This Is The House Where I Learned Not To Sleep
Part quest for justice. Part journey towards healing. Two men, survivors of domestic and childhood violence, are determined to end the cultural cycles of abuse that have haunted them and their mothers. Facing deep-rooted resistance, Mark Wynn and Byron Sanders confront outdated systems and bias in law enforcement, family court, and professional sports, challenging other men to stand up and end violence against women.
As a child, Mark hid from both his abusive stepfather and the cops when they showed up at the door. Years later, as a Nashville Police Officer, he was the cop who showed up. “I lived with a monster, I know how this works,” he says, “I’ve been on both sides of that door.” We follow Mark’s deeply personal journey traveling the country - from rural Oklahoma to urban Chicago - on a mission to shatter the culture of violence and silence surrounding crimes against women and end generations of disregard, mishandling and cover-ups within law enforcement. “Every day I go out there and just try to save my mother.” With access into sensitive police trainings, Mark’s journey in the film explores the complex relationship between law enforcement and domestic violence, encountering both stubborn resistance and hard-won reforms.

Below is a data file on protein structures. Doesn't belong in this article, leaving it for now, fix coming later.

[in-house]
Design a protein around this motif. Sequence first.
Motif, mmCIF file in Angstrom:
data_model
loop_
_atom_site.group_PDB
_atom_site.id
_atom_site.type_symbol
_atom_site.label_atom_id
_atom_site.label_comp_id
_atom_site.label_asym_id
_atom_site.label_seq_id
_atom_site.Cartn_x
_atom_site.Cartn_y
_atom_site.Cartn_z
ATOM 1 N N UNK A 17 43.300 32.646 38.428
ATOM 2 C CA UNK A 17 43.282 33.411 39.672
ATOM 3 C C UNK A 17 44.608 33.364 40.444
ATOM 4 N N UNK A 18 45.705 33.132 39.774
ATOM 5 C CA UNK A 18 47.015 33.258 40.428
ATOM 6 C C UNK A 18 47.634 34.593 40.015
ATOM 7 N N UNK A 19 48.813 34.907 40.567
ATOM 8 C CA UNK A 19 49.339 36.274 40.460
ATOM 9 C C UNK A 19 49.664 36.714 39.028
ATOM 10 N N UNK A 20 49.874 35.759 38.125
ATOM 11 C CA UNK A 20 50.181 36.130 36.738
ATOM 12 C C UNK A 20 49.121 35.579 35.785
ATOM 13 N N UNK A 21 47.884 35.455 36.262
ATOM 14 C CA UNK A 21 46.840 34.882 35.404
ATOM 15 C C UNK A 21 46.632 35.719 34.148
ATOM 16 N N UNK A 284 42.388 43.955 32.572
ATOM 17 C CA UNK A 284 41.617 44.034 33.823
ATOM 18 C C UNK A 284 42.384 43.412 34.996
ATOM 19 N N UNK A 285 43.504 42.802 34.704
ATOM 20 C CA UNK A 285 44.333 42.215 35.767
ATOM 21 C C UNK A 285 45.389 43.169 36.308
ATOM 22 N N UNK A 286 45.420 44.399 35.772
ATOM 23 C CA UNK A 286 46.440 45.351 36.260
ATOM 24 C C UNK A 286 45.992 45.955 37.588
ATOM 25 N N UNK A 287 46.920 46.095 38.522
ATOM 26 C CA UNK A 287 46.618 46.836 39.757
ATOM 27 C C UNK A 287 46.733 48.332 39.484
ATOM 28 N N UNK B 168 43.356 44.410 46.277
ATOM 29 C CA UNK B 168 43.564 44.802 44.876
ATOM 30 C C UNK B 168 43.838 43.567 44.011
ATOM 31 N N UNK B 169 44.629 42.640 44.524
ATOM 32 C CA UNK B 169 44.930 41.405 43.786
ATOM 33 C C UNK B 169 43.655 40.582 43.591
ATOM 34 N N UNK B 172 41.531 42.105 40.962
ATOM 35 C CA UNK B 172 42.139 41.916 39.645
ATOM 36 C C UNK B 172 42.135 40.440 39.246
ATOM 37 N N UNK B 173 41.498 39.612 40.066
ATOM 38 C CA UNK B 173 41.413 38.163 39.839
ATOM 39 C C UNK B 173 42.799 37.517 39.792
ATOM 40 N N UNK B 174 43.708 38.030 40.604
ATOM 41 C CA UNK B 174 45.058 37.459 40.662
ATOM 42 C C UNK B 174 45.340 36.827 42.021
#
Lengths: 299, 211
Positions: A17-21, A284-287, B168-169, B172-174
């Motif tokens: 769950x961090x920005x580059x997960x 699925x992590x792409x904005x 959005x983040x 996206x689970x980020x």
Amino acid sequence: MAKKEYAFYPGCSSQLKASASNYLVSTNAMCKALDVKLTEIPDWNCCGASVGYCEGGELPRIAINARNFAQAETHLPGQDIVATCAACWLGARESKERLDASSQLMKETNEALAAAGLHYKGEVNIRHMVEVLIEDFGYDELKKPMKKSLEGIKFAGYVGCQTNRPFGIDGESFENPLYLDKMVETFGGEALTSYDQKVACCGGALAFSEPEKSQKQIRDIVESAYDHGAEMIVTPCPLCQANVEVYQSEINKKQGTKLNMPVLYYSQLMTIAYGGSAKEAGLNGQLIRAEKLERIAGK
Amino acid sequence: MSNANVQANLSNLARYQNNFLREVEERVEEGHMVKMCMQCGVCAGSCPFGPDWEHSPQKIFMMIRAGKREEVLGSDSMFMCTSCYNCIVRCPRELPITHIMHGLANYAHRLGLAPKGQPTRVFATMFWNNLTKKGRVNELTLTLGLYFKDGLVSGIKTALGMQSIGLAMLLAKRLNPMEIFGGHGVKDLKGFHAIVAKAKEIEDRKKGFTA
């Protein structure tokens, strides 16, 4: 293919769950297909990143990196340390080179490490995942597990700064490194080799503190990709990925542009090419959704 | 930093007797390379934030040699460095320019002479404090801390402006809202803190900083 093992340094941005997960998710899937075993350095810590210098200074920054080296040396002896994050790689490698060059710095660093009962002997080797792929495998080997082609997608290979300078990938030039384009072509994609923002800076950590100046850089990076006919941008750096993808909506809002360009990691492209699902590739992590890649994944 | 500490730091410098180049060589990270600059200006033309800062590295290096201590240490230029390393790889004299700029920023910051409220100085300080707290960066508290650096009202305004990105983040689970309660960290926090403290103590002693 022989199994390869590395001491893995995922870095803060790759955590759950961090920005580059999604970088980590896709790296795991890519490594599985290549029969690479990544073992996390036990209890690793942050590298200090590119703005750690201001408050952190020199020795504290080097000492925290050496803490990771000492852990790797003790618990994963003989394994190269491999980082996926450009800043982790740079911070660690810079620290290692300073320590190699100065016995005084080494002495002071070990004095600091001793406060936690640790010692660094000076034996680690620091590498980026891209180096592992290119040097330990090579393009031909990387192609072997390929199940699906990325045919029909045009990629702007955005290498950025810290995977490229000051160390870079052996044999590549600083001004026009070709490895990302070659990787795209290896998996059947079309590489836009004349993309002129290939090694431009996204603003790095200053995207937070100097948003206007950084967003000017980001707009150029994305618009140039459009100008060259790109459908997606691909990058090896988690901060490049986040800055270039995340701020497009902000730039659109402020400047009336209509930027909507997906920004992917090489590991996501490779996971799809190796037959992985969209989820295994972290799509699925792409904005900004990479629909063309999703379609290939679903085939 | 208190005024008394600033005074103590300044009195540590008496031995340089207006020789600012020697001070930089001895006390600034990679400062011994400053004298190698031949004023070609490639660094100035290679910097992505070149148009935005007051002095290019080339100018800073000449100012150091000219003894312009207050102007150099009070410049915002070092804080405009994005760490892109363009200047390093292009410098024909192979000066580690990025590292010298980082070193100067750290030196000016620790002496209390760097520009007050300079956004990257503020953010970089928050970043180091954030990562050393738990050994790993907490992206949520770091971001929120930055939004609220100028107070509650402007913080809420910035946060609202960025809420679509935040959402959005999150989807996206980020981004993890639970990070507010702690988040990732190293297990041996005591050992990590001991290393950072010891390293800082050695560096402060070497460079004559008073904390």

At six years old, Byron vowed to protect his mother from his father. Now with a young family of his own, Byron helps lead the Dallas HeROs - an unlikely group of Texas businessmen, law enforcement, religious and community leaders who vow “zero tolerance for domestic violence.” Byron and the HeROs sit in solidarity behind women survivors in family court, work with the Domestic Violence Task Force of the Dallas Mavericks, do carpentry to get rooms ready for women and children in crisis at the local shelter, and mentor young boys through the tough transitions involved in leaving their abusers - who are often their fathers.
Against the rise in violence sweeping the country, can Mark and Byron’s efforts help redefine domestic abuse - relegated for years to being “a women’s issue" – in order to save lives and end the cycles of abuse and crimes against women?
Bringing together the Producers, Impact Producers and Filmmakers from The Homestretch, Audrey & Daisy, Private Violence and Bully, this project brings a unique depth to the next film challenging perceptions of violence against women. Supported, in part, by Cindy Waitt and The Waitt Institute for Violence Prevention, Kind World Foundation, Chicago Media Project and the Nathan Cummings Foundation.